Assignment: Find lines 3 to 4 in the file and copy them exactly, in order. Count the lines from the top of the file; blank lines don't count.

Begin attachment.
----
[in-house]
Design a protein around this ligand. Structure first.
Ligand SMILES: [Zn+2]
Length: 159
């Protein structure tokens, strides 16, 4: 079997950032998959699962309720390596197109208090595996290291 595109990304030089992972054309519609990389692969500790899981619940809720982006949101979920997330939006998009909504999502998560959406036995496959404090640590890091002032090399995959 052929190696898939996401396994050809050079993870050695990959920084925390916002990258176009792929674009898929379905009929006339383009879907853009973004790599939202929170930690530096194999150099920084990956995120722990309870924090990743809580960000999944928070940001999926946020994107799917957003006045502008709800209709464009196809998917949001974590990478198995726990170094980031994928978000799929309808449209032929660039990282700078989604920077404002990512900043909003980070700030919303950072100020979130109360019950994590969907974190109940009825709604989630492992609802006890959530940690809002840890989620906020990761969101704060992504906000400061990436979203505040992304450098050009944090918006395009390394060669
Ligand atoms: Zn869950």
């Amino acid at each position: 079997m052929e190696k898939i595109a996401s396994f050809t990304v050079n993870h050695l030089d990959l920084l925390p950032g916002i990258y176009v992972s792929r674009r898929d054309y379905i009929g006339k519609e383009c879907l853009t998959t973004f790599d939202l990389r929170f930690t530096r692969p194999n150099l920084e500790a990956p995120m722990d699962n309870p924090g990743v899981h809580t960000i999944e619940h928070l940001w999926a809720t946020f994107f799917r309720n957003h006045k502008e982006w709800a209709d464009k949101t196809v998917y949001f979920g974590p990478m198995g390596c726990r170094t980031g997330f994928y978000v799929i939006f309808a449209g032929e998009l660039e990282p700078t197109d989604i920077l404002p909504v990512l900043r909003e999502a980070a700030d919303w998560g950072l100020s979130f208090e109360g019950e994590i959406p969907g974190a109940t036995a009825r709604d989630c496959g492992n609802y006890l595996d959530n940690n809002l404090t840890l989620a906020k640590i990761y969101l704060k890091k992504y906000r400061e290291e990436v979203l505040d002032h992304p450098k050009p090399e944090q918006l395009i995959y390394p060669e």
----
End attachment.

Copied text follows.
Ligand SMILES: [Zn+2]
Length: 159